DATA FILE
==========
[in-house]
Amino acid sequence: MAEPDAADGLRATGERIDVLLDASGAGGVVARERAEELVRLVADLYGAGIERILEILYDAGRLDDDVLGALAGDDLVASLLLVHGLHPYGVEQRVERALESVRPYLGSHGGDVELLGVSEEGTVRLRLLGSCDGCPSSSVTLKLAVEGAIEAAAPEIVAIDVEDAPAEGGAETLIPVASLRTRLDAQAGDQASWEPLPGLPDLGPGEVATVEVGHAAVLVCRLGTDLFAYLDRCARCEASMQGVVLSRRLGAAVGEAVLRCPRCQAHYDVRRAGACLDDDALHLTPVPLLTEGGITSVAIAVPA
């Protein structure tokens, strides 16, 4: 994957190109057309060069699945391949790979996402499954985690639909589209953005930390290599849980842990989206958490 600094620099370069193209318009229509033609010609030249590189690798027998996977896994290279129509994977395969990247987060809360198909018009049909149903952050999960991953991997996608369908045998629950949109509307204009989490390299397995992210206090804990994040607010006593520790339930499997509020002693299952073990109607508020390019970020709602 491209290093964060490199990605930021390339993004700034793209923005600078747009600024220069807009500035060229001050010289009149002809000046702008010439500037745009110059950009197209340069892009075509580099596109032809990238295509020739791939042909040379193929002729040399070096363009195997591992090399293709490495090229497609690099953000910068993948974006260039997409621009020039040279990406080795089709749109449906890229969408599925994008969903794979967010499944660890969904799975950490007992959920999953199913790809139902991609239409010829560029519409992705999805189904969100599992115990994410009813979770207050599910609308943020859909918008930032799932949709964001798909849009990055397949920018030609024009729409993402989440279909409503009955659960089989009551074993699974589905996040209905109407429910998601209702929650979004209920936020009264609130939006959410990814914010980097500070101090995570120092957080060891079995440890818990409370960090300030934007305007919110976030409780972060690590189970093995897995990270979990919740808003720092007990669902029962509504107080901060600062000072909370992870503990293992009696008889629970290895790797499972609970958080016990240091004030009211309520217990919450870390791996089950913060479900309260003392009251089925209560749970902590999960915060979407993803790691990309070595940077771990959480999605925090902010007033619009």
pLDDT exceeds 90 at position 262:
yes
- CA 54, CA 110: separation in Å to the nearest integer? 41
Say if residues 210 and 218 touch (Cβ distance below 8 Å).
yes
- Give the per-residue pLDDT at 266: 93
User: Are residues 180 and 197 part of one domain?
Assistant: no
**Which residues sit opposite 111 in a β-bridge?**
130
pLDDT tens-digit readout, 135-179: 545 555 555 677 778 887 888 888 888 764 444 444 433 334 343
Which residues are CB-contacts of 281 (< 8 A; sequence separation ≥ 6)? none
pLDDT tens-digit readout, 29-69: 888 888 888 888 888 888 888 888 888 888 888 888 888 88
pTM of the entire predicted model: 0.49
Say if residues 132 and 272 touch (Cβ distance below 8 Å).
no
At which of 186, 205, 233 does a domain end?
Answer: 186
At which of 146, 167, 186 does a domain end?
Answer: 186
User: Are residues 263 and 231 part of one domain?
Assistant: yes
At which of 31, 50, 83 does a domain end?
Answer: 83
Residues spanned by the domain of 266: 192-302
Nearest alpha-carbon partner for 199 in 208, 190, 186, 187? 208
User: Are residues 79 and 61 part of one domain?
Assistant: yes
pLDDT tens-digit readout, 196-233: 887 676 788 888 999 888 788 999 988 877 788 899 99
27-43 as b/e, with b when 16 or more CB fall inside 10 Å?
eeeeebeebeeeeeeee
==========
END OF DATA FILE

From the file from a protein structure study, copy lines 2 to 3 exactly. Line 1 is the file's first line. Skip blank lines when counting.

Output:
Amino acid sequence: MAEPDAADGLRATGERIDVLLDASGAGGVVARERAEELVRLVADLYGAGIERILEILYDAGRLDDDVLGALAGDDLVASLLLVHGLHPYGVEQRVERALESVRPYLGSHGGDVELLGVSEEGTVRLRLLGSCDGCPSSSVTLKLAVEGAIEAAAPEIVAIDVEDAPAEGGAETLIPVASLRTRLDAQAGDQASWEPLPGLPDLGPGEVATVEVGHAAVLVCRLGTDLFAYLDRCARCEASMQGVVLSRRLGAAVGEAVLRCPRCQAHYDVRRAGACLDDDALHLTPVPLLTEGGITSVAIAVPA
């Protein structure tokens, strides 16, 4: 994957190109057309060069699945391949790979996402499954985690639909589209953005930390290599849980842990989206958490 600094620099370069193209318009229509033609010609030249590189690798027998996977896994290279129509994977395969990247987060809360198909018009049909149903952050999960991953991997996608369908045998629950949109509307204009989490390299397995992210206090804990994040607010006593520790339930499997509020002693299952073990109607508020390019970020709602 491209290093964060490199990605930021390339993004700034793209923005600078747009600024220069807009500035060229001050010289009149002809000046702008010439500037745009110059950009197209340069892009075509580099596109032809990238295509020739791939042909040379193929002729040399070096363009195997591992090399293709490495090229497609690099953000910068993948974006260039997409621009020039040279990406080795089709749109449906890229969408599925994008969903794979967010499944660890969904799975950490007992959920999953199913790809139902991609239409010829560029519409992705999805189904969100599992115990994410009813979770207050599910609308943020859909918008930032799932949709964001798909849009990055397949920018030609024009729409993402989440279909409503009955659960089989009551074993699974589905996040209905109407429910998601209702929650979004209920936020009264609130939006959410990814914010980097500070101090995570120092957080060891079995440890818990409370960090300030934007305007919110976030409780972060690590189970093995897995990270979990919740808003720092007990669902029962509504107080901060600062000072909370992870503990293992009696008889629970290895790797499972609970958080016990240091004030009211309520217990919450870390791996089950913060479900309260003392009251089925209560749970902590999960915060979407993803790691990309070595940077771990959480999605925090902010007033619009």